Presentation on theme: "The Rise of Labor Unions. The Rich v. The Poor By 1890, the richest 9% of the of Americans held nearly 75% of the national wealth Many workers began to."— Presentation transcript:
The Rise of Labor Unions
The Rich v. The Poor By 1890, the richest 9% of the of Americans held nearly 75% of the national wealth Many workers began to resent the lavish lifestyles of their rich owners, and began to organize in an effort to establish a better work system
The Gulf Between the Rich and the Poor Socialism—an economic and political philosophy that favors public instead of private control of property and income. Socialists believe that society, not private individuals, should control a nation’s wealth. That wealth should be distributed equally to everyone.
Socialism Karl Marx— German Philosopher who wrote Communist Manifesto, which denounced capitalism
What Did Workers Want? Workers generally wanted: –Shorter workdays –Higher wages –Better working conditions –An end to child labor –Collective Bargaining – negotiate as a group w/ employers
The Knights of Labor A national union Recruited skilled and unskilled workers, women, and African Americans Emphasized education & social reform
The American Federation of Labor (AFL) Led by Samuel Gompers Was for skilled workers Used collective bargaining as a strategy
Industrial Workers of the World (IWW) Known as “The Wobblies” Organized unskilled workers Radical socialist leaders Violent strikes.
Reaction of Employers Many employers disliked and feared unions. forbid union meetings fire union organizers forcing new employees to sign “yellow dog” contracts, making them promise never to join a union or participate in a strike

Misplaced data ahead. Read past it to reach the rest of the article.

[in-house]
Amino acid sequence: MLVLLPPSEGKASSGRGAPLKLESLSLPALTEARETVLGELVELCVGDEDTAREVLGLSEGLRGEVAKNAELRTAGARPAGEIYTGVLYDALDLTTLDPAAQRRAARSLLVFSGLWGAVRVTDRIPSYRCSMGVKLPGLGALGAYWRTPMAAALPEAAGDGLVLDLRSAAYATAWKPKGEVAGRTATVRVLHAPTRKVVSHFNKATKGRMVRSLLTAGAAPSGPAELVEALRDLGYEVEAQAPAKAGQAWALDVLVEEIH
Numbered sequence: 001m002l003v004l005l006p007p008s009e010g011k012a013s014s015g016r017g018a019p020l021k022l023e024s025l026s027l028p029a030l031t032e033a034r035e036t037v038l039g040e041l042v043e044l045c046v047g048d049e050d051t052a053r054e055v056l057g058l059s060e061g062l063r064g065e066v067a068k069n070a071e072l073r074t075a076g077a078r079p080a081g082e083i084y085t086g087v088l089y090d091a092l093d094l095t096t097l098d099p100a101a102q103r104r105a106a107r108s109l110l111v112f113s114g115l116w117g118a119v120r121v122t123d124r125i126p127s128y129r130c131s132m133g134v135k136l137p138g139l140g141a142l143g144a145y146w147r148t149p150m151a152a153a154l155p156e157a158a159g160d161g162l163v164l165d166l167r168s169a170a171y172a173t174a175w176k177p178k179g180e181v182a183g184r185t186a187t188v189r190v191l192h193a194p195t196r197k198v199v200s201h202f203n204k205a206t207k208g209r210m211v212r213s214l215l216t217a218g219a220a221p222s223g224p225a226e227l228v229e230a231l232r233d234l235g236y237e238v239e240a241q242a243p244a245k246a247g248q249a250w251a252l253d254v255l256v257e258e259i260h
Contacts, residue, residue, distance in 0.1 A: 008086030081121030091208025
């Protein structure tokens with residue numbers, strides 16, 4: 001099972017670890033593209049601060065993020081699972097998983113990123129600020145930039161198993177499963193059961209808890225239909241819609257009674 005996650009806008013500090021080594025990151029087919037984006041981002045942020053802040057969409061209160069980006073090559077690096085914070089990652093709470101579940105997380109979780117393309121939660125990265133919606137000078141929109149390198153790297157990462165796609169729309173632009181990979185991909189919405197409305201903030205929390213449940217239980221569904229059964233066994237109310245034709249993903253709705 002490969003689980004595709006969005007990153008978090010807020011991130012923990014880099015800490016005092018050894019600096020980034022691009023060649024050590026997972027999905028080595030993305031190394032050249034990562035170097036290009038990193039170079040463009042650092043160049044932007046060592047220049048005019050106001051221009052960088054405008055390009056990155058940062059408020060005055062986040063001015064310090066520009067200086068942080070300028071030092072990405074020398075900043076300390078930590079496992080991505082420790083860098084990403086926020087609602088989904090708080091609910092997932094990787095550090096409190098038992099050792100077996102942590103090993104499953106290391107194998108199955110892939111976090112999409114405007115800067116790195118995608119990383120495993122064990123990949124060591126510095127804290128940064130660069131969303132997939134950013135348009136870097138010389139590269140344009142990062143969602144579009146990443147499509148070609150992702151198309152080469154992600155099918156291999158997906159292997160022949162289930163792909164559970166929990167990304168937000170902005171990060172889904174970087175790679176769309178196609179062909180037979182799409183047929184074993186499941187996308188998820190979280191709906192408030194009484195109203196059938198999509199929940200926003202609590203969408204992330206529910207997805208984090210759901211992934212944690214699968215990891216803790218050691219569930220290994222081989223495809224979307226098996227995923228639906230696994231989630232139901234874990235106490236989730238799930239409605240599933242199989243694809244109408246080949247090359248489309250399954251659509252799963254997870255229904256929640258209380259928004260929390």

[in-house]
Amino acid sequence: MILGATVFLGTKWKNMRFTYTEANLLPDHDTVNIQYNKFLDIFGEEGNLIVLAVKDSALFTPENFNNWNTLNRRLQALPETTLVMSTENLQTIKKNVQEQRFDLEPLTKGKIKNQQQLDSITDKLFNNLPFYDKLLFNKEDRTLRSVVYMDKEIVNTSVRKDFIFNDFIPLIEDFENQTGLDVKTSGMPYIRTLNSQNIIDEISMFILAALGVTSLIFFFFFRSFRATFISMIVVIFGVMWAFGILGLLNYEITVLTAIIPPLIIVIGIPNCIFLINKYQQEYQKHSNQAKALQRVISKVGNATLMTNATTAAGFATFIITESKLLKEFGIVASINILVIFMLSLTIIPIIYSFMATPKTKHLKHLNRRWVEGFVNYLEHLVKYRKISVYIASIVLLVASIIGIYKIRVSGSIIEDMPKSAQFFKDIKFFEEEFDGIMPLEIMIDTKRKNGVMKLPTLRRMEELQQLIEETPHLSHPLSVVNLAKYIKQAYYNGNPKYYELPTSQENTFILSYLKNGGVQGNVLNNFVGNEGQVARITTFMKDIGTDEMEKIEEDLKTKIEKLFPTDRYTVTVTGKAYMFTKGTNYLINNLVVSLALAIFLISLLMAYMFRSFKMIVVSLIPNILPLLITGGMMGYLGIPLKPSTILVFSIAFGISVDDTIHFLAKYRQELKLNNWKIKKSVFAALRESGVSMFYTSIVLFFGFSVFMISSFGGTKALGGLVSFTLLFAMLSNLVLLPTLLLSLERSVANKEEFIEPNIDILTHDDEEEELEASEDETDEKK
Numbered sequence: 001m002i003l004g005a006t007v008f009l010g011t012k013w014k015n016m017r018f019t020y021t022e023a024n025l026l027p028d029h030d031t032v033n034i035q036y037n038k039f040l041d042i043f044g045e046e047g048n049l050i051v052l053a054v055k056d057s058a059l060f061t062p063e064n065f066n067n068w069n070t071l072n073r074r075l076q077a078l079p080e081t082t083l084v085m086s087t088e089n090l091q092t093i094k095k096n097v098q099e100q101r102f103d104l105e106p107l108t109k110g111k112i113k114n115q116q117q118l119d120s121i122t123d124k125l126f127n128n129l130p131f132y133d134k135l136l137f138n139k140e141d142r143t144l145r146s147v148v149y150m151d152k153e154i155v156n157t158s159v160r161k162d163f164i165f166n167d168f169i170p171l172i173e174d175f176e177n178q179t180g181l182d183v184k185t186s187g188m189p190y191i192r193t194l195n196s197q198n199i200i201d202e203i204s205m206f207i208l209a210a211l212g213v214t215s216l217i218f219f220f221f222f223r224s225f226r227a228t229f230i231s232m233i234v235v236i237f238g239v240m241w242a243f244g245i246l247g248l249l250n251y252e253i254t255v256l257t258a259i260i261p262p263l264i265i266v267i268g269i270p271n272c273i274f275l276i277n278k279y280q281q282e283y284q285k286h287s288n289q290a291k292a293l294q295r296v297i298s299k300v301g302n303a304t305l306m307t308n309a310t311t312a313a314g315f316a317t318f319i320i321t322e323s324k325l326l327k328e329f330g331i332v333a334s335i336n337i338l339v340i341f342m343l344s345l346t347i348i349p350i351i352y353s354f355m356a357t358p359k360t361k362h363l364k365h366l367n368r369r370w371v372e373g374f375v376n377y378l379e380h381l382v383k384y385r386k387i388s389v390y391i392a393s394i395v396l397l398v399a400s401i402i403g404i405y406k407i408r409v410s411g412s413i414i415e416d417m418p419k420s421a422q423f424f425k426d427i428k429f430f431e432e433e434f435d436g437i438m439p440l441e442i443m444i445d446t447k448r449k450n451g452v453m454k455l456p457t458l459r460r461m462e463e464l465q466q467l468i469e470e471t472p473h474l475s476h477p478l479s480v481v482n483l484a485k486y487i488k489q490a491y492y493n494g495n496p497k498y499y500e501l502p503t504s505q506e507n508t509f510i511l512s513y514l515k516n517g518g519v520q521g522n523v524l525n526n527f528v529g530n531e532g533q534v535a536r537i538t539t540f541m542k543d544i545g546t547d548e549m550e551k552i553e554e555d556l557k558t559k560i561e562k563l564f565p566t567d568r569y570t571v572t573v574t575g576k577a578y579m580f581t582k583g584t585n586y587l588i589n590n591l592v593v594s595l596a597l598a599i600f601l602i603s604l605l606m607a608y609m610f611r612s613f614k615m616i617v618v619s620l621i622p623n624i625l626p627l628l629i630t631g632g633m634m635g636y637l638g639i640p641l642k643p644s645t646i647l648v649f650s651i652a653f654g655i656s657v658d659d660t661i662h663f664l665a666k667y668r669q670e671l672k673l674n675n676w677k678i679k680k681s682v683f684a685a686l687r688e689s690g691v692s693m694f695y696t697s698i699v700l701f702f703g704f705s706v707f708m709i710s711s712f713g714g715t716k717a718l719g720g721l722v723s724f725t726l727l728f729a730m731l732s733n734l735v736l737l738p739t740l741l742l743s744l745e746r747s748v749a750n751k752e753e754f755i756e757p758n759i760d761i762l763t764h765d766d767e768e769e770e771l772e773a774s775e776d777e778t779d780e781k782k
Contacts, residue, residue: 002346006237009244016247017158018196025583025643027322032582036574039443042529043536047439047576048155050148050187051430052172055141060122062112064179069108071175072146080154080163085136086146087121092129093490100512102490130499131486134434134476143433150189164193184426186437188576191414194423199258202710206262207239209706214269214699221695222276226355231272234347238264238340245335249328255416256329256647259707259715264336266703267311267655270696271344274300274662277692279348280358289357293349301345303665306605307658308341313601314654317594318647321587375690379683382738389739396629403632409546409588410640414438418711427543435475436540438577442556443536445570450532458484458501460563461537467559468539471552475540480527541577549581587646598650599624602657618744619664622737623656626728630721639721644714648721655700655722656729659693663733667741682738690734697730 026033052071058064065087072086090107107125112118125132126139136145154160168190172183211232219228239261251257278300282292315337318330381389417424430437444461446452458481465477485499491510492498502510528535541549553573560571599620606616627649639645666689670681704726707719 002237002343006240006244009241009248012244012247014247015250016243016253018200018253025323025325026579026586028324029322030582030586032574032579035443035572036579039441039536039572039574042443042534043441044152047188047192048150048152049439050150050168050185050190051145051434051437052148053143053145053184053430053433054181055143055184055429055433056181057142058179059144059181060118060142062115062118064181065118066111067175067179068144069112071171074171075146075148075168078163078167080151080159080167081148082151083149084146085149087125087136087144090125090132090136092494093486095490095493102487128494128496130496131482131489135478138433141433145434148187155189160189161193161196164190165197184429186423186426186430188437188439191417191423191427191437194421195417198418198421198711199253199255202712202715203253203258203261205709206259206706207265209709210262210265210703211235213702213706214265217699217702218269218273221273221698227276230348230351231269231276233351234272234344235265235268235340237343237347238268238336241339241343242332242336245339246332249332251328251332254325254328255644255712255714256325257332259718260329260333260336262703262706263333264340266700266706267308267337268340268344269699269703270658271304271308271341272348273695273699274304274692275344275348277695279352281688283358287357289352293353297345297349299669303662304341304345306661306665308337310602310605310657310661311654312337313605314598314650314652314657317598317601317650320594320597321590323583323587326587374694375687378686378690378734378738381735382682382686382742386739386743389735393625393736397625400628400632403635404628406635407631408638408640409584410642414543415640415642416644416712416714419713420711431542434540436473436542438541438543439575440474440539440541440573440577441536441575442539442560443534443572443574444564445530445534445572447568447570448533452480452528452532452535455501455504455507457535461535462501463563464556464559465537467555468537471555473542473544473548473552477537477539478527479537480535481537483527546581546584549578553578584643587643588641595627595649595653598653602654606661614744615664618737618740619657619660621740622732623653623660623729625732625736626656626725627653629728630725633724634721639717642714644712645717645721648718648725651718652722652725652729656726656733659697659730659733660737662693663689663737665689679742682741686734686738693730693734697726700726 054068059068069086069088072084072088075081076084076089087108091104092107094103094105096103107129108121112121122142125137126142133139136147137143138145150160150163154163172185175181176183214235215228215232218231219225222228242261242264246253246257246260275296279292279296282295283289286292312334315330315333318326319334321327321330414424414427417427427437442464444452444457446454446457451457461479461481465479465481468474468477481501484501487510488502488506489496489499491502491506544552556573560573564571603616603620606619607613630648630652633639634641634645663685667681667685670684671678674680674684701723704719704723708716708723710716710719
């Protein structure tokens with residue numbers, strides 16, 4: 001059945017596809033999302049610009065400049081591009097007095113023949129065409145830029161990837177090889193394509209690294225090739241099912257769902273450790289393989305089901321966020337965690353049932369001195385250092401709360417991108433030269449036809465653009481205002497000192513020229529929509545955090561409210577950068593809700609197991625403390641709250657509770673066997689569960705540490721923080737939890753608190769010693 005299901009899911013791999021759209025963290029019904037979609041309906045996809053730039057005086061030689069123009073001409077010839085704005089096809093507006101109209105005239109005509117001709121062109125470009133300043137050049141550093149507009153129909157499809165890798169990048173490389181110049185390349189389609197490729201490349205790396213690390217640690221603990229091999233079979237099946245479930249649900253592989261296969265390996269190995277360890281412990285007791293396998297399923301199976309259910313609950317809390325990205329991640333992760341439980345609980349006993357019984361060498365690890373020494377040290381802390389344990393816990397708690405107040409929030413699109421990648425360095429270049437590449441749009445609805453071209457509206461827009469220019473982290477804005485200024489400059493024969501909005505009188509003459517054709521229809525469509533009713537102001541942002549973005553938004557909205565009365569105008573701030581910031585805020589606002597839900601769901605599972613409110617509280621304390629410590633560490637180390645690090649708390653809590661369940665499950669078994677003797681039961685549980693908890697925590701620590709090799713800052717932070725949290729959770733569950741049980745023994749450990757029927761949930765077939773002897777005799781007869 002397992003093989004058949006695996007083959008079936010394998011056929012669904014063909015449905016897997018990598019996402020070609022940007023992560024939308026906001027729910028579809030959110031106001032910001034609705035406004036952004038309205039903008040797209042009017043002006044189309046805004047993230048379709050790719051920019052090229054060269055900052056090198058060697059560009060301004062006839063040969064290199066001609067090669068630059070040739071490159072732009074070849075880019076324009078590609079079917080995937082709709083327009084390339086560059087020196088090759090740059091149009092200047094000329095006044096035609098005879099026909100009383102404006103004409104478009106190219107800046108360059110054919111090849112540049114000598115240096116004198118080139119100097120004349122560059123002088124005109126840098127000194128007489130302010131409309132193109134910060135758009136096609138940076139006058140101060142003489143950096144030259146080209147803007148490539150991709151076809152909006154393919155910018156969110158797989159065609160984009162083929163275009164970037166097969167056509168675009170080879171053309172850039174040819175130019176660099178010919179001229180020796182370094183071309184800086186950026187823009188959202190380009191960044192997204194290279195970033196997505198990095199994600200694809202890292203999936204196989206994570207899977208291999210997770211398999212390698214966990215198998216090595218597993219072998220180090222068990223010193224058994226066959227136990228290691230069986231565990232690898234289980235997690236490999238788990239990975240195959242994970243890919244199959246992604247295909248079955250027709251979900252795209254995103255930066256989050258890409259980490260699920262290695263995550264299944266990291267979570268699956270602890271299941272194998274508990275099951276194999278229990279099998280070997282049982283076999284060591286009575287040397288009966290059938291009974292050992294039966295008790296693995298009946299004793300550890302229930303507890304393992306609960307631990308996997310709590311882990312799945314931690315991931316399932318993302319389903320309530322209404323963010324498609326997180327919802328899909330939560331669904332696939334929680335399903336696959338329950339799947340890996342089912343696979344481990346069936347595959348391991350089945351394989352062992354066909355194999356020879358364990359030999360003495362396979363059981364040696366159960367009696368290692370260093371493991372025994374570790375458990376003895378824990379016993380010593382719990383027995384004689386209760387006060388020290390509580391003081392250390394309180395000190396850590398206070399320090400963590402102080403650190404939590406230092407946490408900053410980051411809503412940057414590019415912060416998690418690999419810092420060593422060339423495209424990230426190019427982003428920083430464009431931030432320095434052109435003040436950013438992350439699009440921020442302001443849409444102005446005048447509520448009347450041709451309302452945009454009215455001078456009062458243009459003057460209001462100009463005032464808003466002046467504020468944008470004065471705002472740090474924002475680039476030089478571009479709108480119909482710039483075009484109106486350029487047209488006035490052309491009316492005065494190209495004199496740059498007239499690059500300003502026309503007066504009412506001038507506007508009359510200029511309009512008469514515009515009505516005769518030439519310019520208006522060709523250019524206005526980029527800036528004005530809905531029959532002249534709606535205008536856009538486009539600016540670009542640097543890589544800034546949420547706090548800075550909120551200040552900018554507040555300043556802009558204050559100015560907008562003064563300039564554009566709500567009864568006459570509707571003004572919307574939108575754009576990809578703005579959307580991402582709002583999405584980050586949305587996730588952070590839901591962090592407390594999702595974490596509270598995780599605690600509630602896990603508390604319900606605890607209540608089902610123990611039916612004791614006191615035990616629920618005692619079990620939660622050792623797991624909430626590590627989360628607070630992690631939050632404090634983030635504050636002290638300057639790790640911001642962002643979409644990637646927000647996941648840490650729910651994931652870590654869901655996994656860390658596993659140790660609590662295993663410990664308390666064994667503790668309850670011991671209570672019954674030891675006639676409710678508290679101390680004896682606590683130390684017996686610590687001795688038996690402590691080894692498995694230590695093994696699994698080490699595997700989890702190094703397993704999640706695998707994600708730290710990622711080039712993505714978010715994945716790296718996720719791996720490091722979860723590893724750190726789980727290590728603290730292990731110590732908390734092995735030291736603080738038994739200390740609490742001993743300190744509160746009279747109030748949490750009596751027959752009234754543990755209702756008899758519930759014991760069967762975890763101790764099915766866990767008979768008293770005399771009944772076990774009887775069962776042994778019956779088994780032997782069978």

Reaction of Employers refusing to bargain collectively when strikes did occur refusing to recognize unions as their workers’ legitimate representatives
The Great Railroad Strike of 1877 Workers protested unfair wage cuts & unsafe working conditions. Was violent and unorganized. Pres. Hayes sent federal troops to put down the strikes. Employers relied on federal and state troops to repress labor unrest.
Haymarket Strike 1886 National strike of all workers calling for an 8-hour workday In Chicago’s Haymarket Square, during a demonstration, a bomb was exploded in police formation A riot broke out, and dozens were killed Four anarchists were hung The public began to associate Unions with violence and anarchy and radicalism
Homestead Strike 1892 Carnegie Steel cut wages in Homestead, PA Henry Frick called in police to kill strike leaders, in retaliation, strikers attempted to assassinate Frick Again, the public decried strikes and denounced Unions as violent
Pullman Strike 1894 Strike of Pullman Railroads, tried to stop the railroads from running Courts ruled the act of interfering with the railroad illegal, as it disrupted the federal mail The courts now support owners as well